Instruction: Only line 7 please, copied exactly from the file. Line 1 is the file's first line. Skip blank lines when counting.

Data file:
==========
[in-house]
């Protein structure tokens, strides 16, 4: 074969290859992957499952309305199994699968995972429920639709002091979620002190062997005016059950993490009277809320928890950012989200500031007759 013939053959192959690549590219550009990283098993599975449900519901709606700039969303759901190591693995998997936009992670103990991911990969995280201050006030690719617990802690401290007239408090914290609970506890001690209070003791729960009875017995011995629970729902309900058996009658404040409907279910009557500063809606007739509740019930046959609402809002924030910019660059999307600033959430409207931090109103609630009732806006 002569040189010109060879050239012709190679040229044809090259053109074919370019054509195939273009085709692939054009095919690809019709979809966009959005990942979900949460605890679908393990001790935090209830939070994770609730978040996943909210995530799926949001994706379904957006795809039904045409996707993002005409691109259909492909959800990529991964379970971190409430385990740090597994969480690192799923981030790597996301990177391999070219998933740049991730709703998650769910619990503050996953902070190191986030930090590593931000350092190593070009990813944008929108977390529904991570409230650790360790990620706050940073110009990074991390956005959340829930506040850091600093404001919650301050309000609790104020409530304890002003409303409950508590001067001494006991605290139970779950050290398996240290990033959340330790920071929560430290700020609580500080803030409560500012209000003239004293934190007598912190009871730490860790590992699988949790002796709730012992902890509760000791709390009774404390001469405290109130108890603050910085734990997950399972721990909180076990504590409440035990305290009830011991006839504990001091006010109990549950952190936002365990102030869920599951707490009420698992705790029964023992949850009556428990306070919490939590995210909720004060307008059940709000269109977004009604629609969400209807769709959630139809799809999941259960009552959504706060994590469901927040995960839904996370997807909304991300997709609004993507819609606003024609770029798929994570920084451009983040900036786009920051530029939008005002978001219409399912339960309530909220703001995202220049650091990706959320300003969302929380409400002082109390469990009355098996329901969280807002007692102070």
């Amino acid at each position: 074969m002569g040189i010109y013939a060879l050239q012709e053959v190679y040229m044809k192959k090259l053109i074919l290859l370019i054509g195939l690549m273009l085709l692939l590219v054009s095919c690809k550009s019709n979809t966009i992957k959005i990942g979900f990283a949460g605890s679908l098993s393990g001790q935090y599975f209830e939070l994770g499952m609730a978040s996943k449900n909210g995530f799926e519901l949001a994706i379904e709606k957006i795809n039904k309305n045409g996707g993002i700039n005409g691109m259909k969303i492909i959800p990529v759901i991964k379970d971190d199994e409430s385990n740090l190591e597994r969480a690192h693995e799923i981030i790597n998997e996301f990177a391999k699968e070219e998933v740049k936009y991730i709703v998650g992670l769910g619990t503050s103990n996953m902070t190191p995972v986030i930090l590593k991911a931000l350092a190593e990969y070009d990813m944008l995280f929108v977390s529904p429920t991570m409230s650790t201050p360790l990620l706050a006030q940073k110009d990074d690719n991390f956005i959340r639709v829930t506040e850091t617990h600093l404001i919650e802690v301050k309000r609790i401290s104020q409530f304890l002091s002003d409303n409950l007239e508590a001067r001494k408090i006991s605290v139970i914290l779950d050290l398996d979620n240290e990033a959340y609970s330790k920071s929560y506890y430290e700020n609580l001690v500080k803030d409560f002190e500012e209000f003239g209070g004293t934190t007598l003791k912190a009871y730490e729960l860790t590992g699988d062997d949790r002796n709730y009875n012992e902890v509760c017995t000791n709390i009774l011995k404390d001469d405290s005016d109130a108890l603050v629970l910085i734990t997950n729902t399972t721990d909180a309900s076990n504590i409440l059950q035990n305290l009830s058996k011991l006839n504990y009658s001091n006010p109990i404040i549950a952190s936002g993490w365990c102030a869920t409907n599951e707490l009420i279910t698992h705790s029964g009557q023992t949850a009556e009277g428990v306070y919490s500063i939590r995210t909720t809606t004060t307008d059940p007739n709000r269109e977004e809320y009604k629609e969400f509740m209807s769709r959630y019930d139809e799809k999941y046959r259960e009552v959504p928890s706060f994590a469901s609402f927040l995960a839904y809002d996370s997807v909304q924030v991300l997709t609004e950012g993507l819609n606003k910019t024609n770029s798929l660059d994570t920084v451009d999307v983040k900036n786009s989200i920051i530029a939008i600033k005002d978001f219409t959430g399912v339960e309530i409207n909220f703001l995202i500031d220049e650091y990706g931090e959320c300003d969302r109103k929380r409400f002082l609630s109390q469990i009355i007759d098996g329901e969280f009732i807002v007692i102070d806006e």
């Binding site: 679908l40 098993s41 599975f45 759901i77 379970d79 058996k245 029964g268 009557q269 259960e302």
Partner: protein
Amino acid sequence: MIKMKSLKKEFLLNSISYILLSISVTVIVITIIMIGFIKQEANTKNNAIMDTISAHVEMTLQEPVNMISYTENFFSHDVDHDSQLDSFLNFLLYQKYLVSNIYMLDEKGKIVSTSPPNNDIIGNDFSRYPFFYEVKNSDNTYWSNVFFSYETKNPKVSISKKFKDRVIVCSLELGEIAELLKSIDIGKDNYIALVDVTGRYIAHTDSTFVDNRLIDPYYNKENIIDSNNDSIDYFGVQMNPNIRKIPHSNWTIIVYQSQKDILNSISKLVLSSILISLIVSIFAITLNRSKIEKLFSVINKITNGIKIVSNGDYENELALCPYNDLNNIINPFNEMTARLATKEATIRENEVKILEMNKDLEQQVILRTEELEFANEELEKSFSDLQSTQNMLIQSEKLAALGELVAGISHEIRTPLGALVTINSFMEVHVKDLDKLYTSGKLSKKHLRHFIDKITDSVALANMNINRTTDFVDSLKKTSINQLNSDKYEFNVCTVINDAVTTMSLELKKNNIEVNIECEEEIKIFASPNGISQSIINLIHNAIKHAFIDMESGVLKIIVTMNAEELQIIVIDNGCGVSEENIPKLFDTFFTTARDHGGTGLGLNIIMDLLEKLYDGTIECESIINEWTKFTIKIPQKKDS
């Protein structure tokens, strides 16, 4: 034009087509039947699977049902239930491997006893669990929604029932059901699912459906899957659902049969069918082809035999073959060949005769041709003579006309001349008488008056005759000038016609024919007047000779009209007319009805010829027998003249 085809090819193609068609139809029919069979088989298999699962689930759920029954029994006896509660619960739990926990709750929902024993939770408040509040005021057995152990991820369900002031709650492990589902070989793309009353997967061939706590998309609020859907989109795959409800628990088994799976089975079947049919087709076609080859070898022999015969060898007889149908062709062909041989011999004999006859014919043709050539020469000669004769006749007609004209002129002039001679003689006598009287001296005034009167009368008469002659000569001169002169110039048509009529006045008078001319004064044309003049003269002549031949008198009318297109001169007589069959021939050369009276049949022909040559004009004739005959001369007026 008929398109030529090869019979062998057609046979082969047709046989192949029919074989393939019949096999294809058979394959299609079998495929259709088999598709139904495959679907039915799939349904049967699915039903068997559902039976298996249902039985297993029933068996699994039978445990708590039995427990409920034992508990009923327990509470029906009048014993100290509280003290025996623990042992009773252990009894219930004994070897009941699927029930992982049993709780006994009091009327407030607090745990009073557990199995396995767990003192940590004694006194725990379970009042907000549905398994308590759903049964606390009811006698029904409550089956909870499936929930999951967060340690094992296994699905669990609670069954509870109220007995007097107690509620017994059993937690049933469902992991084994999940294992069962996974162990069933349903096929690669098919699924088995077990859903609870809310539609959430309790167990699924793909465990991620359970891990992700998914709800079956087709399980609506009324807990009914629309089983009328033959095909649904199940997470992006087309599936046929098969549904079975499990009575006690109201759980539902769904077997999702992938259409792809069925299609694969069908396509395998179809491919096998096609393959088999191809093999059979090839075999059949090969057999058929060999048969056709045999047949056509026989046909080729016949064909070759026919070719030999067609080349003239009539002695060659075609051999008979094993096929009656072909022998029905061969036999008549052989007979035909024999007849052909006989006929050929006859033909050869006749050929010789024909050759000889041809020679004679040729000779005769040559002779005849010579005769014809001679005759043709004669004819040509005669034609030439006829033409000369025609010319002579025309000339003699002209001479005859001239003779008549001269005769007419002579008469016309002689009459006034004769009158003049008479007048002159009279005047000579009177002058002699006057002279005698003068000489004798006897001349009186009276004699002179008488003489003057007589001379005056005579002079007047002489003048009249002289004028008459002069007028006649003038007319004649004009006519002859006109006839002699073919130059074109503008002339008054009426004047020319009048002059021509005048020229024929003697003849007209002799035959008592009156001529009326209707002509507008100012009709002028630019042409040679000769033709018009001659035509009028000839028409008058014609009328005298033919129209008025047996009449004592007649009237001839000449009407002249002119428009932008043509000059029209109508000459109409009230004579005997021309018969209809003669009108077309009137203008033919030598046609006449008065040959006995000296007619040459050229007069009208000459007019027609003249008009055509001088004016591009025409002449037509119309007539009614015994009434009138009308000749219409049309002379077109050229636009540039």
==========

């Protein structure tokens, strides 16, 4: 034009087509039947699977049902239930491997006893669990929604029932059901699912459906899957659902049969069918082809035999073959060949005769041709003579006309001349008488008056005759000038016609024919007047000779009209007319009805010829027998003249 085809090819193609068609139809029919069979088989298999699962689930759920029954029994006896509660619960739990926990709750929902024993939770408040509040005021057995152990991820369900002031709650492990589902070989793309009353997967061939706590998309609020859907989109795959409800628990088994799976089975079947049919087709076609080859070898022999015969060898007889149908062709062909041989011999004999006859014919043709050539020469000669004769006749007609004209002129002039001679003689006598009287001296005034009167009368008469002659000569001169002169110039048509009529006045008078001319004064044309003049003269002549031949008198009318297109001169007589069959021939050369009276049949022909040559004009004739005959001369007026 008929398109030529090869019979062998057609046979082969047709046989192949029919074989393939019949096999294809058979394959299609079998495929259709088999598709139904495959679907039915799939349904049967699915039903068997559902039976298996249902039985297993029933068996699994039978445990708590039995427990409920034992508990009923327990509470029906009048014993100290509280003290025996623990042992009773252990009894219930004994070897009941699927029930992982049993709780006994009091009327407030607090745990009073557990199995396995767990003192940590004694006194725990379970009042907000549905398994308590759903049964606390009811006698029904409550089956909870499936929930999951967060340690094992296994699905669990609670069954509870109220007995007097107690509620017994059993937690049933469902992991084994999940294992069962996974162990069933349903096929690669098919699924088995077990859903609870809310539609959430309790167990699924793909465990991620359970891990992700998914709800079956087709399980609506009324807990009914629309089983009328033959095909649904199940997470992006087309599936046929098969549904079975499990009575006690109201759980539902769904077997999702992938259409792809069925299609694969069908396509395998179809491919096998096609393959088999191809093999059979090839075999059949090969057999058929060999048969056709045999047949056509026989046909080729016949064909070759026919070719030999067609080349003239009539002695060659075609051999008979094993096929009656072909022998029905061969036999008549052989007979035909024999007849052909006989006929050929006859033909050869006749050929010789024909050759000889041809020679004679040729000779005769040559002779005849010579005769014809001679005759043709004669004819040509005669034609030439006829033409000369025609010319002579025309000339003699002209001479005859001239003779008549001269005769007419002579008469016309002689009459006034004769009158003049008479007048002159009279005047000579009177002058002699006057002279005698003068000489004798006897001349009186009276004699002179008488003489003057007589001379005056005579002079007047002489003048009249002289004028008459002069007028006649003038007319004649004009006519002859006109006839002699073919130059074109503008002339008054009426004047020319009048002059021509005048020229024929003697003849007209002799035959008592009156001529009326209707002509507008100012009709002028630019042409040679000769033709018009001659035509009028000839028409008058014609009328005298033919129209008025047996009449004592007649009237001839000449009407002249002119428009932008043509000059029209109508000459109409009230004579005997021309018969209809003669009108077309009137203008033919030598046609006449008065040959006995000296007619040459050229007069009208000459007019027609003249008009055509001088004016591009025409002449037509119309007539009614015994009434009138009308000749219409049309002379077109050229636009540039």